For me, the festive period always offers up the opportunity to cook and bake dishes that only seem apt at Christmas.
In turn this means there is always too much good food in a relatively short period of time! Too many mince pies, sausage rolls, stollen, lebkuchen, Christmas cake, Christmas pudding and ham, to name but a few.
As well as devouring lots of sweet dishes I eagerly, and regularly, buy an assortment of winter veg throughout Christmastime – predominantly parsnips, cauliflower, cabbage and sprouts. But however hard I try I always seem to get to the point where I’m at a loss with what to do with the next bag of sprouts.
Today, I found the perfect solution – brussel sprout and cheddar soup.
Bear with me, I know it doesn’t sound particularly appealing and I can tell you I wasn’t entirely sure it would work, but I figured that it would work in a similar way to broccoli and stilton soup.
I’m pleased to report it worked a treat – full of flavour, a gorgeous colour and extremely satisfying.
Eating it this lunchtime, we both agreed it was the best soup I’d made all year – quite fitting on the last day of December.
It got us thinking about our year in food – which meals we’d enjoyed the most, our favourite restaurants (as well as our most disappointing eateries), the food that brought us the most joy and our food goals for 2019.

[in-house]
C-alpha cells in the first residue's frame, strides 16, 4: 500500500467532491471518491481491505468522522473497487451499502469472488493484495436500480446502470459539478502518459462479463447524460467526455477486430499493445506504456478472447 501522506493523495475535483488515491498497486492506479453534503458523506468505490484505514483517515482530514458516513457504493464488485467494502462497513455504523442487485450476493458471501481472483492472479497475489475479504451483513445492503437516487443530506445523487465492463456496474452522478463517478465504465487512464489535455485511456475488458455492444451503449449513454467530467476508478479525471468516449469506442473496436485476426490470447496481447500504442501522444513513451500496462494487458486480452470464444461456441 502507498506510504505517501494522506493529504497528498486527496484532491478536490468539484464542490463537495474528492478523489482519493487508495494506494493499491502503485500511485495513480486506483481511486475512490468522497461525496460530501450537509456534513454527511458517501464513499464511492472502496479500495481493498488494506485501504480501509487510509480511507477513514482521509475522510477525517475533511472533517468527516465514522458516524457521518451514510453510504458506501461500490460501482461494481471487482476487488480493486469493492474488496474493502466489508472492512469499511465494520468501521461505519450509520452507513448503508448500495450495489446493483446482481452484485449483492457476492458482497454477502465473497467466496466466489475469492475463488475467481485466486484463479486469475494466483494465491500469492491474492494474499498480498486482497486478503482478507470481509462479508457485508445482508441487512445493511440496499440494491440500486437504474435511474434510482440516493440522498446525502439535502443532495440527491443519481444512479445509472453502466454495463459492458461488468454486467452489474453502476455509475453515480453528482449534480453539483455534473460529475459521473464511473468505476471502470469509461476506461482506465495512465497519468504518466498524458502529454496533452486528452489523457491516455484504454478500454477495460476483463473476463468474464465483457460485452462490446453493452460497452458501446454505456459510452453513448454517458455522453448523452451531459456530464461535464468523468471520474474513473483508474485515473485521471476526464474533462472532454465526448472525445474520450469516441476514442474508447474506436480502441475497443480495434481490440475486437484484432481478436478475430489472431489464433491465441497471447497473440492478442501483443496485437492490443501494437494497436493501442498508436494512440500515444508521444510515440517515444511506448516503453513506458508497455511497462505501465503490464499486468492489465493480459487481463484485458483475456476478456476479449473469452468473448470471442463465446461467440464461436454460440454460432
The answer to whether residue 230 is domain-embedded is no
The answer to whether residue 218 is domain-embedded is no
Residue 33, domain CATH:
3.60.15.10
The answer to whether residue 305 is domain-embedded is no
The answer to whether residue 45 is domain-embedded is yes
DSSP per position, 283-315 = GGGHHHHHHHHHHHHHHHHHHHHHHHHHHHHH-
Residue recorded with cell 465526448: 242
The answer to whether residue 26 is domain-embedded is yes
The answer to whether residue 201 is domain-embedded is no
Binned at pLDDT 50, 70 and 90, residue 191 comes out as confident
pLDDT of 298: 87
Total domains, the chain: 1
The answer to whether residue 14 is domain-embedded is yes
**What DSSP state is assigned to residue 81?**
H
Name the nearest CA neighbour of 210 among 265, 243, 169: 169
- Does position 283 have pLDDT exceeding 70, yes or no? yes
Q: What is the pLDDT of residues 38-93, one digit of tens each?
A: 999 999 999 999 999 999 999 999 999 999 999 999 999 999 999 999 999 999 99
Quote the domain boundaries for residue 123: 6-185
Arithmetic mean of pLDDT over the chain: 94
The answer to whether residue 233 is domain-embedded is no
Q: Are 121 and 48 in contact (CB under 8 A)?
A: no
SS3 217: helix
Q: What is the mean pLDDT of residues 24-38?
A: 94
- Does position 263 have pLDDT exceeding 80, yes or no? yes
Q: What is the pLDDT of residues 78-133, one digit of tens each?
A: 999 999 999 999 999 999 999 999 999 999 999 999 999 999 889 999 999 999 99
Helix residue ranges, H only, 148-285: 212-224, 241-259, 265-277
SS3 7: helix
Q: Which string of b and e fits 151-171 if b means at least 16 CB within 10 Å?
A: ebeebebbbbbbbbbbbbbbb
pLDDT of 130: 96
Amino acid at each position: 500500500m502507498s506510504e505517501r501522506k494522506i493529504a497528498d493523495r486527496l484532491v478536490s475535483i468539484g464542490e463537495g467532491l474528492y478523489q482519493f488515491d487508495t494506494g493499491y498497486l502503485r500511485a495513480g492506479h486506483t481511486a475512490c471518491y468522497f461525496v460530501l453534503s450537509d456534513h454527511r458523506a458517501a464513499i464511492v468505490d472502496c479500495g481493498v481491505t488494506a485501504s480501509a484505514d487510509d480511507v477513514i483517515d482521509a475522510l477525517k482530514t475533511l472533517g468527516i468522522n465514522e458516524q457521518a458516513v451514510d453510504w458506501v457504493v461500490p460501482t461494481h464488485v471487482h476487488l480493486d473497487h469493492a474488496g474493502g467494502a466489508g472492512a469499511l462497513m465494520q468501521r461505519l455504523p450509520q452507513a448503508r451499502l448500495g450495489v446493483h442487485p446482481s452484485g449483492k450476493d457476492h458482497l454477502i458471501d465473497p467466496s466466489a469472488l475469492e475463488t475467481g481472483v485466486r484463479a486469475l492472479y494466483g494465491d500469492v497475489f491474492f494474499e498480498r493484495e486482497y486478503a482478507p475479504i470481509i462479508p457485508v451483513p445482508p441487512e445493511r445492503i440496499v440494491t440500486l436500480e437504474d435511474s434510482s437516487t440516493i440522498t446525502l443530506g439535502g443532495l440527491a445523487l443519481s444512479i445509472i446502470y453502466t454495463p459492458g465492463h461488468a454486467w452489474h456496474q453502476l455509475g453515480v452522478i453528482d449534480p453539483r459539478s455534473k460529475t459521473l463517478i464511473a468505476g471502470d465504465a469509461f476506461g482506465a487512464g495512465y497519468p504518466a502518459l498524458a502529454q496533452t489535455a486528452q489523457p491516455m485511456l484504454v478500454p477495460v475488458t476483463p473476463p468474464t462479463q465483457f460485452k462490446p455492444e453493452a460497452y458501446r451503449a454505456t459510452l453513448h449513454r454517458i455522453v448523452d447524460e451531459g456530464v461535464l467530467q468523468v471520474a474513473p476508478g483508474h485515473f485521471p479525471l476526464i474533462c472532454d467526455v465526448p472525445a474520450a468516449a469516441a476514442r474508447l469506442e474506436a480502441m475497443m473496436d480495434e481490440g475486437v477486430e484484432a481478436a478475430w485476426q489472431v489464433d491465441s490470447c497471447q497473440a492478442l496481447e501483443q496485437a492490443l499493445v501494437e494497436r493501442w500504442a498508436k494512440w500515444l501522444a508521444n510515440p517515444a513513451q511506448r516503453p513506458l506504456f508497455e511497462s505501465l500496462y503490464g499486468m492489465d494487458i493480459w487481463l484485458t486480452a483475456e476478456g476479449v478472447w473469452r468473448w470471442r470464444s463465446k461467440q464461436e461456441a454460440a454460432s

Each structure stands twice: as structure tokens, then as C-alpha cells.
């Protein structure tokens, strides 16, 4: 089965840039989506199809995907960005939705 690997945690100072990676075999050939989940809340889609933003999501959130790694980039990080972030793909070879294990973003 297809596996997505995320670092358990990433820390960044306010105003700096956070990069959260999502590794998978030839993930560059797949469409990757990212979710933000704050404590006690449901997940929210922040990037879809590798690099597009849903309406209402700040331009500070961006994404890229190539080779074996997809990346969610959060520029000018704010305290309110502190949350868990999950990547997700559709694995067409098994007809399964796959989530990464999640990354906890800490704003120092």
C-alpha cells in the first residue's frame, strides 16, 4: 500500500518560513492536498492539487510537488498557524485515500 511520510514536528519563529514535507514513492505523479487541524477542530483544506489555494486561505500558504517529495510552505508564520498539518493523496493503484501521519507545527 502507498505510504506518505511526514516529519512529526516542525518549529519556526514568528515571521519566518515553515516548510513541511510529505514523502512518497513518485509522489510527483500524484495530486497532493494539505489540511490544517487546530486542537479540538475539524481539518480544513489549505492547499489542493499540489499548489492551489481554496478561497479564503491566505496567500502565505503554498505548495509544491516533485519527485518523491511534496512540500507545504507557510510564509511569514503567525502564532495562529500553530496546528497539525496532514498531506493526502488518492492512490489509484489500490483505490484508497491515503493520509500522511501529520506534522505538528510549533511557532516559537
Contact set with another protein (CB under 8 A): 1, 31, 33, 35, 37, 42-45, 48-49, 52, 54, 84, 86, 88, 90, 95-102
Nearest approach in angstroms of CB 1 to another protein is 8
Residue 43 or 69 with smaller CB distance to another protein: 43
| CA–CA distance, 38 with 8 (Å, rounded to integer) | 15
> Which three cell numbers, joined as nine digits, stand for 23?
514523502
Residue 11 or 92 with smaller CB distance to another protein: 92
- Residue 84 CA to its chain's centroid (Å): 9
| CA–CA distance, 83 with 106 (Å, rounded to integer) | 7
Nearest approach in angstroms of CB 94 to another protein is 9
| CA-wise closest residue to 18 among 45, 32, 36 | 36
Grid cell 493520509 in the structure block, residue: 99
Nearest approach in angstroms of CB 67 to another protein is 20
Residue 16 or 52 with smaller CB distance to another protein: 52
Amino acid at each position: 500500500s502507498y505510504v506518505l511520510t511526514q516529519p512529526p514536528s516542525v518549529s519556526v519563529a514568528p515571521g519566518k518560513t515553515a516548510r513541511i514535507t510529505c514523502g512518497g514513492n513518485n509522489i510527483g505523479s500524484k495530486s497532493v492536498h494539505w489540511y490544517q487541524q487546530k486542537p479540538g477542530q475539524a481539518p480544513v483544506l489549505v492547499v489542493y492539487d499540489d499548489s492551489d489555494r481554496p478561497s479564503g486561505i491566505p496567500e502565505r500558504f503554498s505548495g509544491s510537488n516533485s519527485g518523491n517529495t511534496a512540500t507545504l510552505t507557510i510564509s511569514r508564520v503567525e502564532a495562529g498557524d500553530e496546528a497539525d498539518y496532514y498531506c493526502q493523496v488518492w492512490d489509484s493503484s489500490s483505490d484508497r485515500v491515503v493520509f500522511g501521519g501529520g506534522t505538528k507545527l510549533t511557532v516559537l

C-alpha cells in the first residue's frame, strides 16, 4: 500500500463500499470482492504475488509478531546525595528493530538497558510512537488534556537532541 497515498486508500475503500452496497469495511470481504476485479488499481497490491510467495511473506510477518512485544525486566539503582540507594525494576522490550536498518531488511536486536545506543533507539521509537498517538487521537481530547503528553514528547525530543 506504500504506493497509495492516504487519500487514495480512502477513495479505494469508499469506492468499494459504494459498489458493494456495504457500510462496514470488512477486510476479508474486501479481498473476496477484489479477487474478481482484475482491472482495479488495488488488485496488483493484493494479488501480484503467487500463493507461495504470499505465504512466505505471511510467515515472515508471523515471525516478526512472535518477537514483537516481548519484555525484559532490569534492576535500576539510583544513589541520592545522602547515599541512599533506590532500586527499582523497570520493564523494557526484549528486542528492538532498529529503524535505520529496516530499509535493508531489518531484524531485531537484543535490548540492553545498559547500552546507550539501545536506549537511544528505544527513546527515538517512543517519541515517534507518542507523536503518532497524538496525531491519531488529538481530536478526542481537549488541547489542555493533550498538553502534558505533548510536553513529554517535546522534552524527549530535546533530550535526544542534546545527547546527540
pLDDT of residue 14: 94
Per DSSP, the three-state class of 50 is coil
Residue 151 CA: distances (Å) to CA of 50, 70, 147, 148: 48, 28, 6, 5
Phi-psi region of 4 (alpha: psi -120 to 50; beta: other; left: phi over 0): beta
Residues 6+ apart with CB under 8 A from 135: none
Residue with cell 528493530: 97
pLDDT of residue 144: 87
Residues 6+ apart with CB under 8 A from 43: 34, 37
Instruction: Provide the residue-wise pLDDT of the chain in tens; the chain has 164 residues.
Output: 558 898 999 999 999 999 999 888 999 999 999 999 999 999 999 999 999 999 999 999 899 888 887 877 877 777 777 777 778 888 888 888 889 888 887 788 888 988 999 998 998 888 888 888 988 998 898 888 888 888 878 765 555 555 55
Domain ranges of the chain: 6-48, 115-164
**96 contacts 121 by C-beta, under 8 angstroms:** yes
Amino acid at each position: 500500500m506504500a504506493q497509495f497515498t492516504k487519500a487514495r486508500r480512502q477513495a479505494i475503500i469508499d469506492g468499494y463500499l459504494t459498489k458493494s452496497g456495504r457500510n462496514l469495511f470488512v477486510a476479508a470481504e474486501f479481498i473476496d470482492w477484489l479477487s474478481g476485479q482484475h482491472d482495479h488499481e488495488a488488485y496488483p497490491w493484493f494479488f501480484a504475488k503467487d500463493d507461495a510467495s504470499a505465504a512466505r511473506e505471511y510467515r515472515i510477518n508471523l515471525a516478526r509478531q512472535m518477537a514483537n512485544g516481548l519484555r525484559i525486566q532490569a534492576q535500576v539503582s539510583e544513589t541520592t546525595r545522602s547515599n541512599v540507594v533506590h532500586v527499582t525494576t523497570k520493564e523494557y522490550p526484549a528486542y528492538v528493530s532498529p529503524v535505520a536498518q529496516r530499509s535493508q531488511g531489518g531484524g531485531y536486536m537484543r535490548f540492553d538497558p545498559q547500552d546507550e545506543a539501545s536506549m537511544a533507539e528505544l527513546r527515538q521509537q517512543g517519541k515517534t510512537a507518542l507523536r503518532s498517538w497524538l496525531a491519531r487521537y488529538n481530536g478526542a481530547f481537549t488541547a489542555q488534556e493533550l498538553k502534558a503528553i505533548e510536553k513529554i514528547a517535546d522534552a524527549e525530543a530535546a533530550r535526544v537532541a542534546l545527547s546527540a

Here are mine:
- Favourite eateries: There have been many. Firstly our staple restaurant, Momiji in Harleston, Norfolk. This Japanese restaurant never disappoints, wonderful food and an even better kept pint of Adnams Ghost Ship. Once a month they offer a Sushi Week which is always our favourite time to visit. In February I enjoyed my first visit to Sudbury House Hotel in Faringdon, near Oxford. It’s Restaurant 56 offers fine dining in a wonderfully sumptuous surrounding. When a restaurant provides exceptional customer service, fabulous wine and faultless dining, what’s not to love. I left wanting to return again and talked about the experience for many months. Lastly we’ve visited the Fox and Goose in Fressingfield, Suffolk on a number of occasions this year. It imaginatively uses seasonal food in and un-fussy but refined and delightful way, I always leave inspired to cook new dishes at home.
- Worst meal out: I can definitely say that this was (disappointingly) a visit to Outlaws Restaurant at The Capital Hotel, London. We’re both a fan of seafood so visiting Nathan Outlaw’s restaurant was meant to be a real treat. I couldn’t wait to go but I can tell you I will not even give it a second glance. The food was inaccurately described on the menu (meaning my starter was cerviche, something I wouldn’t have chosen had the menu told me that), the food was rather bland (and not any better than a dish we would cook at home), the vegetables arrived ten minutes after the main dish (and only after we’d asked where they were), it was excessively overpriced for the quality of the food and experience, and to top it all, the customer service was slow and anonymous. A true disappointment.